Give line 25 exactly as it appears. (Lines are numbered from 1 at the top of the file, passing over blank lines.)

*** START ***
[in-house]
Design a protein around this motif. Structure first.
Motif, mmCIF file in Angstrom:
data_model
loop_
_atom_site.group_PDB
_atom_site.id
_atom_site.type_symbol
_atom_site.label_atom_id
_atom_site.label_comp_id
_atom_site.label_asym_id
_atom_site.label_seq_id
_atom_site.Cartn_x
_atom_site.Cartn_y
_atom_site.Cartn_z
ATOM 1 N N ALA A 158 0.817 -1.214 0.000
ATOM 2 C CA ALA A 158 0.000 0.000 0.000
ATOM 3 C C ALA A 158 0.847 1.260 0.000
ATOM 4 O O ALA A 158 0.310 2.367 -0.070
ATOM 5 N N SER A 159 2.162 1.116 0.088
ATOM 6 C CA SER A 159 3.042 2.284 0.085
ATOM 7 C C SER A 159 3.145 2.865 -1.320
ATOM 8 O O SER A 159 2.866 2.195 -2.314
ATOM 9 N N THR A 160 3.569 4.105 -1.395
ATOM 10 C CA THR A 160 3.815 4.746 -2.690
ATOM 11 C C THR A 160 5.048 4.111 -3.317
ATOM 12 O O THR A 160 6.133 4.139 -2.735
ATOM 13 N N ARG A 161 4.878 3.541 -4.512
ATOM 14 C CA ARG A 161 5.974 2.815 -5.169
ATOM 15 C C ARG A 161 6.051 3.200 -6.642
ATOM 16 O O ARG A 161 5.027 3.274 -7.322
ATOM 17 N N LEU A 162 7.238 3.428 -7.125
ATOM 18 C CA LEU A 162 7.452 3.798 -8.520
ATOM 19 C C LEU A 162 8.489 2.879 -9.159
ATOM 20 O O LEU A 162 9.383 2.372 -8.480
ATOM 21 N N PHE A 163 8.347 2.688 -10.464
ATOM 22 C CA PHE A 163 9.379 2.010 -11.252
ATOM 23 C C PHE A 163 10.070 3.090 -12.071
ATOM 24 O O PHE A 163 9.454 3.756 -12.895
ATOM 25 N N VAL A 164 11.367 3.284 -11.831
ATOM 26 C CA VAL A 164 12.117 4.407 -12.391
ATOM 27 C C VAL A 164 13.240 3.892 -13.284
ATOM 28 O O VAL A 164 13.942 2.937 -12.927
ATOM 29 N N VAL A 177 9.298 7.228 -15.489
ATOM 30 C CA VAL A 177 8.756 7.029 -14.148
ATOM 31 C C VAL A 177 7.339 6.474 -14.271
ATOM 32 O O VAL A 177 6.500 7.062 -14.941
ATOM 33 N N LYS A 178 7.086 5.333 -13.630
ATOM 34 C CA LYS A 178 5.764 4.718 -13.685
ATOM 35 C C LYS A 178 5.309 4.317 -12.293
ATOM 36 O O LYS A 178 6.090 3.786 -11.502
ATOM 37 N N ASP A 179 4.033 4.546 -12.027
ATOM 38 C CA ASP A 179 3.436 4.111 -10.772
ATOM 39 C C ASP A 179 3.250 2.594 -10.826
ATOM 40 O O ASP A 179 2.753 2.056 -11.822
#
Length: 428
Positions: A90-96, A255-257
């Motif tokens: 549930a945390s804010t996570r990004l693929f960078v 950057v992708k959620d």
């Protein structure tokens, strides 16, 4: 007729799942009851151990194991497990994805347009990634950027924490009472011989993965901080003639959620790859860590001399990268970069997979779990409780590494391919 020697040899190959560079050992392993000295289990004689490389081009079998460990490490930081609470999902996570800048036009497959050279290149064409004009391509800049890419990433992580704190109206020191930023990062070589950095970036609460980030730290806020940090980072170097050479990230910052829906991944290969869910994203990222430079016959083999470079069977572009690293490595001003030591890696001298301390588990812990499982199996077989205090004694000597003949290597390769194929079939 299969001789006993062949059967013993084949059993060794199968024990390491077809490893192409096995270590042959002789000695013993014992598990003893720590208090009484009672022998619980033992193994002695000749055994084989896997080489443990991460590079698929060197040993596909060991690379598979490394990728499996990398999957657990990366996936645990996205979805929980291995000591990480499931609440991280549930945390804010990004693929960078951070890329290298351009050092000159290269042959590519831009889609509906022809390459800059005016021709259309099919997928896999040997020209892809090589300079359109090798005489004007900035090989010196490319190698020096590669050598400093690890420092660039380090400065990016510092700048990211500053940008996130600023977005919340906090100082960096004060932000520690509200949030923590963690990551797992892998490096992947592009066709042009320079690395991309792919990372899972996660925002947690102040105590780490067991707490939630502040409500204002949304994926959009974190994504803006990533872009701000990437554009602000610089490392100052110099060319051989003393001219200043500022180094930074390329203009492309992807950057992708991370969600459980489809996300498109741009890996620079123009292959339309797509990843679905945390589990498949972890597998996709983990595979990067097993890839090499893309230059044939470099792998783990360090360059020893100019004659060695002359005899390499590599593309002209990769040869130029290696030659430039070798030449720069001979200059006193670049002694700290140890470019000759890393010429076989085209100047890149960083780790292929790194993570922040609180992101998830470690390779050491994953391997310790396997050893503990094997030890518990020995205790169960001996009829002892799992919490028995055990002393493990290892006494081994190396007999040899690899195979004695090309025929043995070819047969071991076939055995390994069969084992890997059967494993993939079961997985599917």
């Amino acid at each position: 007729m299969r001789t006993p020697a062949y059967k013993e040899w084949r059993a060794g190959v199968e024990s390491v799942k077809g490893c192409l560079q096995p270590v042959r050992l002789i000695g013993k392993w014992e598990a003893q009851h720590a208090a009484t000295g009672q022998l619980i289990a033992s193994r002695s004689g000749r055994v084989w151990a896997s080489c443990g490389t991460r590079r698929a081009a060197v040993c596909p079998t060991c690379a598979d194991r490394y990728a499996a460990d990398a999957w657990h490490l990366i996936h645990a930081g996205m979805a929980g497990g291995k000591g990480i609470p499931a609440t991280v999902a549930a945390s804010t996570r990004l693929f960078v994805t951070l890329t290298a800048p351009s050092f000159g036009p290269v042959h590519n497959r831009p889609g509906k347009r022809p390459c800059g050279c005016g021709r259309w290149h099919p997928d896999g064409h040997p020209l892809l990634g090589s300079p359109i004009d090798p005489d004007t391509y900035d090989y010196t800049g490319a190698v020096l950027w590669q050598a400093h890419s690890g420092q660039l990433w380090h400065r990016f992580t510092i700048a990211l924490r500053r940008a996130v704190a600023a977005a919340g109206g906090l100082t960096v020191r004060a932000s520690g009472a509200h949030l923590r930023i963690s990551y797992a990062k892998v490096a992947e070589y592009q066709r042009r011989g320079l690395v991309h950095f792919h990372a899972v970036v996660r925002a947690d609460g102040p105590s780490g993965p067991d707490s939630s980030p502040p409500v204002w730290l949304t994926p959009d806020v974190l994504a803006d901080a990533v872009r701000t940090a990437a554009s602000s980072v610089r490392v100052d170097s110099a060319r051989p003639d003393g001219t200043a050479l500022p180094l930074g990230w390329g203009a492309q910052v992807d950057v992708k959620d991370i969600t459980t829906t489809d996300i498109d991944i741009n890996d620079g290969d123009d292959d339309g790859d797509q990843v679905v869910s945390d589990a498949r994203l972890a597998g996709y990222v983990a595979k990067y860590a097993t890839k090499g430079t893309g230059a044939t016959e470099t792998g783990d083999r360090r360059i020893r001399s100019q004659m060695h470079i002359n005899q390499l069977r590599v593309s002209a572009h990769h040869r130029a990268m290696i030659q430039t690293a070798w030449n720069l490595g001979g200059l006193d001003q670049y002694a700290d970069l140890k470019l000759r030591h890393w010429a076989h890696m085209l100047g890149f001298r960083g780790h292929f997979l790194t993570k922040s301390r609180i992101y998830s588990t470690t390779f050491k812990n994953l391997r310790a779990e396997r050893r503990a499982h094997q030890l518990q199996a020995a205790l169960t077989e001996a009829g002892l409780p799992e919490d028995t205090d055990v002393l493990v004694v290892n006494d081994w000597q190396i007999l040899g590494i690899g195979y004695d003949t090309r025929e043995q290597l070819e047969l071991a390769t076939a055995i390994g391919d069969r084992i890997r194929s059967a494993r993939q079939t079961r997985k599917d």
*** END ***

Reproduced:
ATOM 10 C CA THR A 160 3.815 4.746 -2.690